The parish church was not only the place for religious worship in this period, but also a social space where status was expressed and negotiated. The surviving material evidence for investment in these buildings by parishioners is crucial for understanding ‘middling culture’.
Christopher Marsh and Amanda Flather have established some important principles on church seating: congregational seating was ordered by the Churchwardens hierarchically by gender, age, moral reputation, and by ‘degrees and estates’. Robert Tittler has suggested that in the context of public civic seating, in the face of discontinuity with the Reformation, patterns of symbolic usage became more important than ever. This view has resonance with the material evidence at Bridgwater, which provides an insight into how middling elites constructed and displayed their special status within their local community.
Since 1857 the line of sight from the nave has been changed as the Corporation Pew has been moved to the south aisle, where it stands on a west-east axis. Slightly reduced in size, now 9.3 metres long, its magnificence and decoration still stand as evidence of the Corporation’s pride, wealth and cultural investment. With rich material evidence, but thin extant archival sources, what does this rare construction tell of the middling elite in this prosperous West Country Borough?
While the original screen had a double central opening, as the early nineteenth-century lithograph by the amateur local artist, John Chubb, shows, the repositioned screen has two openings. There were, and now are, four parts to the screen. The front of the screen has an inscription, and two rows of superimposed arches with a frieze of grotesque masks and beasts with fish tails above the arches. The bays are separated by carved columns.
Second, above the bays is an arcade with pierced spandrels. The third part is a cornice which sits above the arcade with carvings of hybrid creatures on the front and stylised patterns on the back.
Fourthly, the screen is crested with strapwork and thin ornamental obelisks. These obelisks were common symbols on funeral monuments representing wisdom and eternity. On the front of the screen is the text ‘Feare God. Honour the King’.
Behind the screen, on either side of the openings, are three rows of seats for the Mayor, Aldermen and Corporation. Some of these are the original seventeenth-century while others date from the nineteenth-century; the Mayor’s seat is differentiated from the others by a higher back rest and arm rests.
Although expressions of civic identity in parish churches can be found in other boroughs, the specific discrete enclosure of the seating of Bridgwater’s elite public officials in the chancel appears rare, if not unique. At Axbridge in the same county the Corporation sat in the nave in their own pew. At St Saviour’s in Dartmouth, Devon, the town council in 1614 placed themselves along the east wall with a specially carved and cushioned seat for the Mayor. The screen and pews at Bridgwater took the placing of the Corporation to a new level of visual dominance in its display of power and wealth, by its size, its position, and by its decoration.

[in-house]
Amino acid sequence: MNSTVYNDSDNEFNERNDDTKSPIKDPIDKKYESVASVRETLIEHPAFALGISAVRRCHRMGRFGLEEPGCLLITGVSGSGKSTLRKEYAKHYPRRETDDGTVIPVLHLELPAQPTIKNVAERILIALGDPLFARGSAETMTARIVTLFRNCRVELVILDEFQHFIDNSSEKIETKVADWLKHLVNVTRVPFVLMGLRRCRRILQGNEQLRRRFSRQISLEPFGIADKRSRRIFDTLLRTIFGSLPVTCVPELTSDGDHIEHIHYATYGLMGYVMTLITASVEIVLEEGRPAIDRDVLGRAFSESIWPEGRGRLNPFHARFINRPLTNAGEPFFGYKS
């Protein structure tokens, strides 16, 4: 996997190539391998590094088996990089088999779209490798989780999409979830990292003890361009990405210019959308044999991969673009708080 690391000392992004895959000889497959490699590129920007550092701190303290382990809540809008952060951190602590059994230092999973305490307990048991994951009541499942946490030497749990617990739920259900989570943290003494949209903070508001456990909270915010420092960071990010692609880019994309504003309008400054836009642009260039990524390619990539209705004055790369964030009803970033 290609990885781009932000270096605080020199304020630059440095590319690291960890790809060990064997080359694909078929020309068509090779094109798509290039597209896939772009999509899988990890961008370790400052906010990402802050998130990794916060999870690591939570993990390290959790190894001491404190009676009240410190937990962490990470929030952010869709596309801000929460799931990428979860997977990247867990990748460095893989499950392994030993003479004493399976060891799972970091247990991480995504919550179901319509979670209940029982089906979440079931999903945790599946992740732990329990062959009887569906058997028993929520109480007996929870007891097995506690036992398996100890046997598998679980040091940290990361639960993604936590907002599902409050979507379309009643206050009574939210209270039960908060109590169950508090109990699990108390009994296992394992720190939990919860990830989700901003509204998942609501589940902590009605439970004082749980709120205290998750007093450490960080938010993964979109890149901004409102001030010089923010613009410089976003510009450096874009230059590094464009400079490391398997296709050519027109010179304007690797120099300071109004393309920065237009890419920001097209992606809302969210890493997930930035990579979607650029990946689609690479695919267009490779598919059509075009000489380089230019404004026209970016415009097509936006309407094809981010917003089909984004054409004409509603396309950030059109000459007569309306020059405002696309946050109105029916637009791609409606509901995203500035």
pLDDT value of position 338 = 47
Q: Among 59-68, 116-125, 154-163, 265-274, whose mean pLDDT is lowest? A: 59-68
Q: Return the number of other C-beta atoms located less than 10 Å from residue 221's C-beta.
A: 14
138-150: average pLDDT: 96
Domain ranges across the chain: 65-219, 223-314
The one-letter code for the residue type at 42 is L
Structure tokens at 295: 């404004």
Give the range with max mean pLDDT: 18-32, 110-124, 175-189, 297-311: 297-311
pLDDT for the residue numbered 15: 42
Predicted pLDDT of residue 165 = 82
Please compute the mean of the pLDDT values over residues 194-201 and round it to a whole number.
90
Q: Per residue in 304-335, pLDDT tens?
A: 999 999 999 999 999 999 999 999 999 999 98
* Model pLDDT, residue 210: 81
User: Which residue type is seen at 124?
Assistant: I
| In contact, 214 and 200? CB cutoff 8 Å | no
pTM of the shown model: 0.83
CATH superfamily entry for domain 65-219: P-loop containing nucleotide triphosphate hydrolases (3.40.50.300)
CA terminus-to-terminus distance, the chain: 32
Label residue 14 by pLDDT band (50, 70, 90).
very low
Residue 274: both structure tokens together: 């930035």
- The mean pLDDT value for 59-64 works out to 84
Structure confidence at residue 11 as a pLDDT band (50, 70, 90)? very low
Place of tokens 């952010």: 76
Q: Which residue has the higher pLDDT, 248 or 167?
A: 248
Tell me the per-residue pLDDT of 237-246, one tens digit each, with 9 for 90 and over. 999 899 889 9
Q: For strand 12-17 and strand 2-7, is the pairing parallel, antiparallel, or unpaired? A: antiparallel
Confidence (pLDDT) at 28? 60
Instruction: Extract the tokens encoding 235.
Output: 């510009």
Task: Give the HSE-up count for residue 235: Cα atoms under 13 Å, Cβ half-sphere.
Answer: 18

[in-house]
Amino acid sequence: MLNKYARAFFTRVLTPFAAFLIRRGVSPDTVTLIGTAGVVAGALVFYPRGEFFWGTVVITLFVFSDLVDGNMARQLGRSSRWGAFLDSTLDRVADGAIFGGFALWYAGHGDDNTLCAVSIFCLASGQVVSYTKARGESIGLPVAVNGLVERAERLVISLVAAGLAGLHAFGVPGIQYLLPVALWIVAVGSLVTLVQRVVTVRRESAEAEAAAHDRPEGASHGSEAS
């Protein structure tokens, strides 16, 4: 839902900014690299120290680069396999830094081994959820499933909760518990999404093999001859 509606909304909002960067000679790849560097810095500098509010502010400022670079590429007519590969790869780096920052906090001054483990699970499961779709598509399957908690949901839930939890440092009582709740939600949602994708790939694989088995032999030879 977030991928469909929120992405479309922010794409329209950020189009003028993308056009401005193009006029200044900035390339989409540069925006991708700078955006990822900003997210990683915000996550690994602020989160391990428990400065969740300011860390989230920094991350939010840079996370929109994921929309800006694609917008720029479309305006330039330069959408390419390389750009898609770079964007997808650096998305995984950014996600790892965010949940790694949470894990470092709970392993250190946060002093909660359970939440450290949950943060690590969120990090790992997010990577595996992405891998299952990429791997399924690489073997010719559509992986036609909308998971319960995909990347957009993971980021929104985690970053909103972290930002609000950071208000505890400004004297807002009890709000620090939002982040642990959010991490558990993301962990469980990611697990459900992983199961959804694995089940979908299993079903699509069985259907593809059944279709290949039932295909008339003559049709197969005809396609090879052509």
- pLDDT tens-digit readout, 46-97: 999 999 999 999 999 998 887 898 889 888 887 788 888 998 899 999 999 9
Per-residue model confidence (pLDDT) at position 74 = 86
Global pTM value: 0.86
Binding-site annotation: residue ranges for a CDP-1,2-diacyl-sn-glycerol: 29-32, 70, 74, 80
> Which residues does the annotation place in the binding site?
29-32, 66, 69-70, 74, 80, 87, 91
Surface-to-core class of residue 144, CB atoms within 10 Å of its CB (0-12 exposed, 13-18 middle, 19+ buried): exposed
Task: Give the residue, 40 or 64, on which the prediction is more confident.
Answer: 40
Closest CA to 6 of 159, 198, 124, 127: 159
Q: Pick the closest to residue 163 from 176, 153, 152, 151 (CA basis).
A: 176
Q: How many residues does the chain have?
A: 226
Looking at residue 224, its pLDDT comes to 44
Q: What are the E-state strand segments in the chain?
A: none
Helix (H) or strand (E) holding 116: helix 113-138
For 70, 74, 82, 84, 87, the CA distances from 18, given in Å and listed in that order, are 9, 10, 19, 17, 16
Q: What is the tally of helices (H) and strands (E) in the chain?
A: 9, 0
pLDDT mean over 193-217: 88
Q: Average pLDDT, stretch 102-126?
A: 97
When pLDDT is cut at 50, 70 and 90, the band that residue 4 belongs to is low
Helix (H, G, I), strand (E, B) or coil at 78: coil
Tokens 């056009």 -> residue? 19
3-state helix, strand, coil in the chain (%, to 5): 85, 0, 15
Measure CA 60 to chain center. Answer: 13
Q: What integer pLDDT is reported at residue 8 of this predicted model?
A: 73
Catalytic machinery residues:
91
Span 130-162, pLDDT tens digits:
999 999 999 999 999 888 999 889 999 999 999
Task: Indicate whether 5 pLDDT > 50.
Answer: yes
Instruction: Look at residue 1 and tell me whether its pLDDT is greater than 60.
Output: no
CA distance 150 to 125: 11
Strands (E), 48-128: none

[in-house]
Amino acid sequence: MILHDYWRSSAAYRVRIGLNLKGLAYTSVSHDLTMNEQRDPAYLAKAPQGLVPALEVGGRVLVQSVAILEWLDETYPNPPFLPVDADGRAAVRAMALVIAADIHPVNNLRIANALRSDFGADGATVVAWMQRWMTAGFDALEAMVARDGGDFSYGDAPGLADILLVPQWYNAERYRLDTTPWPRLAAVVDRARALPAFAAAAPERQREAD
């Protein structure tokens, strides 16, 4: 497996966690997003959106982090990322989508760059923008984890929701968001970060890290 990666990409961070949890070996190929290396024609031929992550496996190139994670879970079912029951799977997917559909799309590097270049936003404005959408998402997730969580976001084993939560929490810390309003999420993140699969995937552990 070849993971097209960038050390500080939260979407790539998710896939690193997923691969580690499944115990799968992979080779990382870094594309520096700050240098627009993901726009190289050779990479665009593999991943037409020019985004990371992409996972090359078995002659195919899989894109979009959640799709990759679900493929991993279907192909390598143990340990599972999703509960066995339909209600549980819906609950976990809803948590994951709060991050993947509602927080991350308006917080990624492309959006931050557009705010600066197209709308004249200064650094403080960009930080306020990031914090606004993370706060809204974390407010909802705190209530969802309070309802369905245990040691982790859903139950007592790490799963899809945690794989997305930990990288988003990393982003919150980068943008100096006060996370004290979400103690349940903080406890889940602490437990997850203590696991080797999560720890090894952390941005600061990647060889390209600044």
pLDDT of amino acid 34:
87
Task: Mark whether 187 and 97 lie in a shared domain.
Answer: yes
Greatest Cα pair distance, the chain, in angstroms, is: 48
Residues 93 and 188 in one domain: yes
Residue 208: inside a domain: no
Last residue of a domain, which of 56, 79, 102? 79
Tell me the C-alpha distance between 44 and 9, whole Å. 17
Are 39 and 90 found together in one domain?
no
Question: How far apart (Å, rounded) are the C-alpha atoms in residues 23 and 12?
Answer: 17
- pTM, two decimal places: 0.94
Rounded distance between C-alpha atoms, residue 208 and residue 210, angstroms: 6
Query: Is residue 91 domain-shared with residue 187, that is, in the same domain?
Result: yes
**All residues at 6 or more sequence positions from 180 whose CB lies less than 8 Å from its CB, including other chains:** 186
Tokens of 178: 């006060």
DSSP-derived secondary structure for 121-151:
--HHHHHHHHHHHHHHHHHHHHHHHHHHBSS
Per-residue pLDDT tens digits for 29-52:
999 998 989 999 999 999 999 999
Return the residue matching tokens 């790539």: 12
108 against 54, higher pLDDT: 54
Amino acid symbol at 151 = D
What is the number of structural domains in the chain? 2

The fine carvings of the pierced spandrels and the crest with strapwork and thin obelisks would indicate that part, if not all of the screen was carved by skilled artisans from an urban centre with more sophisticated workshops than a town like Bridgwater could provide. Tantalisingly there are no Corporation minutes or church records to help us. We can only speculate that, as the premier port of Somerset, sitting on the River Parrett with easy access to the Bristol Channel, Bridgwater’s corporate investors identified that Bristol may have been where such skilled carvers and joiners were to be found. We know that the less wealthy town of Axbridge had dealings with Bristol when they were planning their decorated plaster ceiling in 1636: the churchwardens’ accounts noted, ‘Item spent at Bristoll when we went to take a pattern of the fret work 1s’. The entry is ambiguous: either they, the Churchwardens, or the craftsmen were purchasing a print from Bristol or they were taking a pattern to Bristol. At Bridgwater, we have no such archival guidance. What we do know is that the whole scheme, which included fish-tailed creatures and troll-like creatures on the screen, belonged to the grotesque tradition, a fashionable Renaissance import, of which wealthy merchants would have been aware of during their business travels to Bristol, London and other significant urban centres. The Corporation had decided to erect new, contemporary-styled woodwork, which would have appeared startling in its modernity to the viewing parishioners. The taste of an upper middling elite that was well networked to Bristol and London appears to have been influenced by continental fashions. Their import into England has been well documented; in particular, the effect of continental prints on all media has been explored by Anthony Well-Cole. He highlighted the principal contribution of Netherlandish prints to the ‘highly distinctive combination of grotesques and strapwork’, both manifest in the Bridgwater screen.